02.12.2016 | Purdue University

nachricht New findings about the deformed wing virus, a major factor in honey bee colony mortality
11.11.2016 | Veterinärmedizinische Universität Wien

All articles from Agricultural and Forestry Science >>>

The most recent press releases about innovation >>>

Die letzten 5 Focus-News des innovations-reports im Überblick:

Im Focus: Significantly more productivity in USP lasers

In recent years, lasers with ultrashort pulses (USP) down to the femtosecond range have become established on an industrial scale. They could advance some applications with the much-lauded “cold ablation” – if that meant they would then achieve more throughput. A new generation of process engineering that will address this issue in particular will be discussed at the “4th UKP Workshop – Ultrafast Laser Technology” in April 2017.

Even back in the 1990s, scientists were comparing materials processing with nanosecond, picosecond and femtosesecond pulses. The result was surprising:...

Im Focus: Shape matters when light meets atom

Mapping the interaction of a single atom with a single photon may inform design of quantum devices

Have you ever wondered how you see the world? Vision is about photons of light, which are packets of energy, interacting with the atoms or molecules in what...

Im Focus: Novel silicon etching technique crafts 3-D gradient refractive index micro-optics

A multi-institutional research collaboration has created a novel approach for fabricating three-dimensional micro-optics through the shape-defined formation of porous silicon (PSi), with broad impacts in integrated optoelectronics, imaging, and photovoltaics.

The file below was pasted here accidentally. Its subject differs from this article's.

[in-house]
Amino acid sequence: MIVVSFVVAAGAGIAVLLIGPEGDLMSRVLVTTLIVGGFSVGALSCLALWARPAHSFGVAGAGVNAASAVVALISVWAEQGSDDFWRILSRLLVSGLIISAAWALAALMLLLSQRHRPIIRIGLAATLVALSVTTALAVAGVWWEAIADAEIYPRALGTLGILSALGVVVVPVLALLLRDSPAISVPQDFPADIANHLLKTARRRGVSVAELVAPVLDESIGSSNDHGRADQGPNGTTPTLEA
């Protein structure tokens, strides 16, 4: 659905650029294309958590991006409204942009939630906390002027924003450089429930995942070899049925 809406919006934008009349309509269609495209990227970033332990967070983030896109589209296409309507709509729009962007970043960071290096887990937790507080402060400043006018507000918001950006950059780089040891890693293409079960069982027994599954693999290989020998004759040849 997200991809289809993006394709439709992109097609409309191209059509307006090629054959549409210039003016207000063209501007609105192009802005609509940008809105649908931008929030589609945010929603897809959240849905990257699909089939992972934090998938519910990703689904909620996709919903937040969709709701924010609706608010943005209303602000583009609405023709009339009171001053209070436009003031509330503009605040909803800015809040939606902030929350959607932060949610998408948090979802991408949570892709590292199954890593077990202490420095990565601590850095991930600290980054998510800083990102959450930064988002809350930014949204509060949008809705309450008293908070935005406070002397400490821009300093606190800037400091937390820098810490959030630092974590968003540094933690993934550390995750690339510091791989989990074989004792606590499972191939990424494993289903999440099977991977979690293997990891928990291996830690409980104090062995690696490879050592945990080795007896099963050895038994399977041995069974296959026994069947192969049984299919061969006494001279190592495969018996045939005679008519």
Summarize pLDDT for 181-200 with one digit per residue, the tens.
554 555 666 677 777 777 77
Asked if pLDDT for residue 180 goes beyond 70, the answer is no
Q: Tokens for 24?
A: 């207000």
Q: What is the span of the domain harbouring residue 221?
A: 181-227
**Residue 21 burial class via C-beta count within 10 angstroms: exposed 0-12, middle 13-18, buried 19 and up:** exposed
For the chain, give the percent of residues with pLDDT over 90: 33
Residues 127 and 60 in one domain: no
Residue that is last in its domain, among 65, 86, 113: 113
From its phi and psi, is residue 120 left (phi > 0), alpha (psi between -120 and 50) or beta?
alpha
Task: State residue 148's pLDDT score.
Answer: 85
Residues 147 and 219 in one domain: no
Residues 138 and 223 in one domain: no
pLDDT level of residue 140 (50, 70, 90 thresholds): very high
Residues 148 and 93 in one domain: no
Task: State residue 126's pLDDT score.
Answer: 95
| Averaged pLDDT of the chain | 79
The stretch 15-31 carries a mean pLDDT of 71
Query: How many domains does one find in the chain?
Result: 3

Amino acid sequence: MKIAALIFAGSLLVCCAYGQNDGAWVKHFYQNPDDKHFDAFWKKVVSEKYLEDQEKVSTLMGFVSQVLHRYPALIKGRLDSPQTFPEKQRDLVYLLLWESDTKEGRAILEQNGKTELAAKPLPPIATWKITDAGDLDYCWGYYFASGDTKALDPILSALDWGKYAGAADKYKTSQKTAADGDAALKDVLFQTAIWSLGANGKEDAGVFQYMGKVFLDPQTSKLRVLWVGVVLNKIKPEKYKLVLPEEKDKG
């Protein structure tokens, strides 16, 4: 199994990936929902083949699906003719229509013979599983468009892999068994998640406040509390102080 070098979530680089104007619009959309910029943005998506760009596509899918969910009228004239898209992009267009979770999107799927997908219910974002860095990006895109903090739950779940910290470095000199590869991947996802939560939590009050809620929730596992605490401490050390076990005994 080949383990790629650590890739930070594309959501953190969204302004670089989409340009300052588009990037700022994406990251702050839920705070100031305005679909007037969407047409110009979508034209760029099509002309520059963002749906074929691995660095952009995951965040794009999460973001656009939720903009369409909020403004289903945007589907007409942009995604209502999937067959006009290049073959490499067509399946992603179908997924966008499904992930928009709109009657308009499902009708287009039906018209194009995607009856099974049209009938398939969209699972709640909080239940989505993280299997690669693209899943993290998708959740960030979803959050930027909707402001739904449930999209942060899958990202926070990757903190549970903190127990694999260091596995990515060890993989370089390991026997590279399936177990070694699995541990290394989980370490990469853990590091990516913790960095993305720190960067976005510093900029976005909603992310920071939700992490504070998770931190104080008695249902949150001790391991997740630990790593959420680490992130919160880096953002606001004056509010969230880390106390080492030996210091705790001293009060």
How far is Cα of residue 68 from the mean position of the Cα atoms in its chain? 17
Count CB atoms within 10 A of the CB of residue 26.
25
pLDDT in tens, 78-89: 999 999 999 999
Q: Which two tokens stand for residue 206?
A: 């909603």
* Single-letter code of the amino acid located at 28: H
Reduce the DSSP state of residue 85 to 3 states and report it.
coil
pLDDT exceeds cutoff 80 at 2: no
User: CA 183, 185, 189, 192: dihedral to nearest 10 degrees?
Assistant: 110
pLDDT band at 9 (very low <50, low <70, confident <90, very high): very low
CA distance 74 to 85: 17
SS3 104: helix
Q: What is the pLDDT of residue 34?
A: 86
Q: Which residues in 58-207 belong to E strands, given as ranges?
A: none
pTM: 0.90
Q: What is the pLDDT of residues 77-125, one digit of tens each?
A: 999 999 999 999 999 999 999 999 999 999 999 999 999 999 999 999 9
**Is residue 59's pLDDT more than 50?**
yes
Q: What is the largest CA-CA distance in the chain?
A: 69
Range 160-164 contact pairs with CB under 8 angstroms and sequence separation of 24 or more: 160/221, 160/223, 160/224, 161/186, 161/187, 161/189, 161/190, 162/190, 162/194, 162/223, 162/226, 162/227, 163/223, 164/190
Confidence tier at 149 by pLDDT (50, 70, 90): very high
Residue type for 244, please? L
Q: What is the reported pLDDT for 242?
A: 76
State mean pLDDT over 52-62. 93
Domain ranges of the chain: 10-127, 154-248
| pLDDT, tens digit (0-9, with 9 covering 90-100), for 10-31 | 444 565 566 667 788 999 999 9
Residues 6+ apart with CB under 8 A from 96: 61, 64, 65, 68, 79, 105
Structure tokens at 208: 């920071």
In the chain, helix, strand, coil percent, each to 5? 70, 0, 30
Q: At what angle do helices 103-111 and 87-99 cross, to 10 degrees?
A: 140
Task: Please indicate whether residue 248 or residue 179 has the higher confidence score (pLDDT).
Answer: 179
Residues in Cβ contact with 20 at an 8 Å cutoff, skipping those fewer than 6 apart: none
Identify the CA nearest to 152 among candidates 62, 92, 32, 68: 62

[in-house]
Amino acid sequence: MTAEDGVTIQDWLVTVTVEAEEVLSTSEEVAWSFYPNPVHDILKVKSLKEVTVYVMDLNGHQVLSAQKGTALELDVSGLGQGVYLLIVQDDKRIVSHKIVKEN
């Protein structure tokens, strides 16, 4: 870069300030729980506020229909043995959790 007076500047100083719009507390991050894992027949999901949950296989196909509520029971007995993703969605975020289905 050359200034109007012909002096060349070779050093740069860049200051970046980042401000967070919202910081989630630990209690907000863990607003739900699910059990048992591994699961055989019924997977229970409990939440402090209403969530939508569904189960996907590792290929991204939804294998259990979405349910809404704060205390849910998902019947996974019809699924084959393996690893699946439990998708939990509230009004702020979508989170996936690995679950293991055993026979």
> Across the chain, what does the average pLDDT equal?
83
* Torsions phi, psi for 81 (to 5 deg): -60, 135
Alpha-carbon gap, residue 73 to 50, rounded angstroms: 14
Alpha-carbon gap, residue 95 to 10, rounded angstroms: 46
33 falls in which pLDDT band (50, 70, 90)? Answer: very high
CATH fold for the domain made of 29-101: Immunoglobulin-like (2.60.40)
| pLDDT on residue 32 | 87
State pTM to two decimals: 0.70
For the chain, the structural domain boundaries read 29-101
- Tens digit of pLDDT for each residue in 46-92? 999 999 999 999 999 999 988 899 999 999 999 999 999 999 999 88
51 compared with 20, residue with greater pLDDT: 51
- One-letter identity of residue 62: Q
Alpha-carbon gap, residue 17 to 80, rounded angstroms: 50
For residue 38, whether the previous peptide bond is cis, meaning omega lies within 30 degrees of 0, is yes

Working with colleagues at Stanford and The Dow Chemical Company, researchers at the University of Illinois at Urbana-Champaign fabricated 3-D birefringent...

Im Focus: Quantum Particles Form Droplets

In experiments with magnetic atoms conducted at extremely low temperatures, scientists have demonstrated a unique phase of matter: The atoms form a new type of quantum liquid or quantum droplet state. These so called quantum droplets may preserve their form in absence of external confinement because of quantum effects. The joint team of experimental physicists from Innsbruck and theoretical physicists from Hannover report on their findings in the journal Physical Review X.

“Our Quantum droplets are in the gas phase but they still drop like a rock,” explains experimental physicist Francesca Ferlaino when talking about the...

Im Focus: MADMAX: Max Planck Institute for Physics takes up axion research

The Max Planck Institute for Physics (MPP) is opening up a new research field. A workshop from November 21 - 22, 2016 will mark the start of activities for an innovative axion experiment. Axions are still only purely hypothetical particles. Their detection could solve two fundamental problems in particle physics: What dark matter consists of and why it has not yet been possible to directly observe a CP violation for the strong interaction.

The “MADMAX” project is the MPP’s commitment to axion research. Axions are so far only a theoretical prediction and are difficult to detect: on the one hand,...

All Focus news of the innovation-report >>>

Anzeige

Anzeige

Event News

ICTM Conference 2017: Production technology for turbomachine manufacturing of the future

16.11.2016 | Event News

Innovation Day Laser Technology – Laser Additive Manufacturing

01.11.2016 | Event News

#IC2S2: When Social Science meets Computer Science - GESIS will host the IC2S2 conference 2017

14.10.2016 | Event News

 
Latest News

Simple processing technique could cut cost of organic PV and wearable electronics

06.12.2016 | Materials Sciences

3-D printed kidney phantoms aid nuclear medicine dosing calibration

06.12.2016 | Medical Engineering

Robot on demand: Mobile machining of aircraft components with high precision

06.12.2016 | Power and Electrical Engineering

VideoLinks
B2B-VideoLinks
More VideoLinks >>>